By William H. Brownstein
Did you buy the 2011 U.S. Army commemorative half dollars before they went off sale Dec. 16?
The uncirculated U.S. Army commemorative half dollar, with a provisional final mintage figure of 39,461, has taken the crown of key to the modern commemorative half dollar series. As a consequence, it now has a huge potential for increase in value. It should make anyone who has already bought the coin feel good about their purchase.
Because it is a must for anyone who wants to have a complete set of modern commemorative half dollars, delay in buying it may turn out to be costly.
Many collectors were watching the low totals of 8,261 for the uncirculated gold U.S. Army and 8,062 for the uncirculated gold Medal of Honor commemorative $5 coins. However, this article will address only the modern commemorative half dollars. The U.S. Army uncirculated half dollar now has the lowest mintage to date at 39,461. It also has the distinction of having the lowest proof mintage to date, of 68,349 pieces. Let’s look at history to put these numbers in context.
The history of the modern commemorative half dollars started with the 1982 George Washington half dollar, which was issued in 90 percent silver, and which had a mintage of 2,210,458 for the 1982-D and 4,894,044 for the 1982-S.
Starting in 1986 all issues of commemorative half dollars were in copper-nickel except for the 1993 Madison Bill of Rights pieces, with the Statue of Liberty half having a mintage of 928,008 uncirculated and 6,925,627 proof versions.
In 1989 the Congress Bicentennial half dollar was issued with 163,753 uncirculated and 767,897 proofs minted.
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1991 was the next issue, the Mount Rushmore 50th anniversary edition. That had a mintage of 172,754 uncirculated and 753,257 proofs.
Then there was the 1992 Olympics half dollar. The mintages were of 161,607 uncirculated and 519,645 proofs.
The Columbus Quincentenary copper- nickel half dollar also was issued in 1992. The uncirculated mintage was 135,702 and the proof 390,154.
The 1993 Bill of Rights half dollar followed with 193,346 uncirculated silver coins and 586,315 proof silver pieces.
The next commemorative half dollar, the copper-nickel World War II 50th anniversary clad half dollar dated 1991-1995, had mintages for uncirculated and proofs of 197,072 and 317,396, respectively.
1994 saw the issuance of the World Cup Soccer half dollar. The mintages were of 168,208 uncirculated and 609,354 proofs. These totals were in line with prior issues.
The 1995 Civil War Battlefields half dollar saw mintages of 113,045 uncirculated and 326,801 proofs.
The 1995 coins for the Games of the XXVI Olympiad in Atlanta, had issues for basketball (169,527 uncirculated and 170,733 proofs); baseball (164,759 uncirculated and 119,396 proofs); swimming (50,077 uncirculated and 114,890 proofs) and soccer (53,176 uncirculated and 123,860 proofs). Until the most recent 2011 U.S. Army commemorative issue, the swimming commemorative was the key to the series and had the lowest issue, followed closely by the soccer commemorative.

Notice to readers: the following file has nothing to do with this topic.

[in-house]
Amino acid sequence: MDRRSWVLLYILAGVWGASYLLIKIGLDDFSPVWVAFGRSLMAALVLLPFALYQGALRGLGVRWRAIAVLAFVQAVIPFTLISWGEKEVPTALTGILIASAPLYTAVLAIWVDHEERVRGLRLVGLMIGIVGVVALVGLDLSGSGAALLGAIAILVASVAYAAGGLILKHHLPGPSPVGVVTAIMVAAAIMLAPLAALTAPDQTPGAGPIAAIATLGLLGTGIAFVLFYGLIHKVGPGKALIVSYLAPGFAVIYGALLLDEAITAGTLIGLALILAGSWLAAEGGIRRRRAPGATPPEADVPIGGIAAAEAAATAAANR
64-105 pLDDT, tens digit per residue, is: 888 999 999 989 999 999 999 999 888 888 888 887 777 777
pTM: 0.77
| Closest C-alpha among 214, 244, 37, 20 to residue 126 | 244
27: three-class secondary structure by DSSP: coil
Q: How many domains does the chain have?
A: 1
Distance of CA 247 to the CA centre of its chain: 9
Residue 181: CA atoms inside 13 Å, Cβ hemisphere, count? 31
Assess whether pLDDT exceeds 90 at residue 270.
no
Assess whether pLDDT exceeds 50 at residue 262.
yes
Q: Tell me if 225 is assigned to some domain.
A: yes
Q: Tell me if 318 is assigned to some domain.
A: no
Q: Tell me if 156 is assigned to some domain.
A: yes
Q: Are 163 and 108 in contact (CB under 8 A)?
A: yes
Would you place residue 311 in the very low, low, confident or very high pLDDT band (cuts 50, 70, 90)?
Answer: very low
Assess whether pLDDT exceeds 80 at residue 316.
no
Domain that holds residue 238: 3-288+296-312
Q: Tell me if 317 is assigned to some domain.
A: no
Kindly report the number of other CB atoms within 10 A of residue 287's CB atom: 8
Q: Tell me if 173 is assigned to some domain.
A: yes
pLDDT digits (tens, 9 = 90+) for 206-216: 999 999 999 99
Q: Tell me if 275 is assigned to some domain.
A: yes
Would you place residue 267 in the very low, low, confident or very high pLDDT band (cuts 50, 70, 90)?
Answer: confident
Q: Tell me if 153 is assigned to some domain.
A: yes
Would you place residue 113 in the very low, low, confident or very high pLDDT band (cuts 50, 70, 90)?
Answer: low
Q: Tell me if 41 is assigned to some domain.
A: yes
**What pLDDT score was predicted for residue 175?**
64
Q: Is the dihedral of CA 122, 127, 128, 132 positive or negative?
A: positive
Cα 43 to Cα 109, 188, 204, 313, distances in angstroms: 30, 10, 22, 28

In 1998 a special edition 90 percent silver matte finish Kennedy half dollar was issued with a mintage of 62,000 coins. It was issued as part of a two-coin collector with a Matte finish Robert F. Kennedy silver dollar. The set had an initial cost of $59.95. That coin is technically not a commemorative coin, but as a special issue half dollar it is being show for purposes of comparison. The current market price for that coin in MS-63 is $150 and goes up to $500 in MS-70.
The 2001 Capitol Visitor Center had a mintage of 99,157 uncirculated and 77,962 proofs.
In 2003 the First Flight Centennial half dollar was issued and it had 57,122 uncirculated and 109,710 proofs minted.
The most recent issue was the 2008 Bald Eagle half dollar, which had a mintage of 101,912 uncirculated and 174,411 proofs.
Finally, the last and most recent issue was the copper-nickel uncirculated 2011 U.S. Army commemorative, which had a final mintage of 39,461. That dwarfs the next lowest mintage issue for the Atlanta 1995 swimming half dollar, which shows a mintage of 50,077.
It is priced at $140 in MS-65 and $165 in MS-69 and the uncirculated 1995 soccer commemorative, having a mintage of 53,176, coming in at a close second at $135 and $155 in MS-65 and MS-69, respectively. These numbers seem to show that the 2011 uncirculated U.S. Army half dollar has great potential for appreciation.
Of course, one possible explanation for the low sales is the fact that the U.S. Mint priced the 2011 halves too high at $15.95/$19.95 for the uncirculated and $17.95/$21.95 for the proof. The previous issue of an uncirculated commemorative half dollar, the 2008 Bald Eagle, was priced at $7.95/$8.95. Were the bureaucrats at the U.S. Mint mistaken in more than doubling the prior highest price when pricing the 2011 issue? This remains unanswered.
After reviewing these mintage figures, the secondary market will now become the final arbiter of price and the original issue prices might no longer seem high.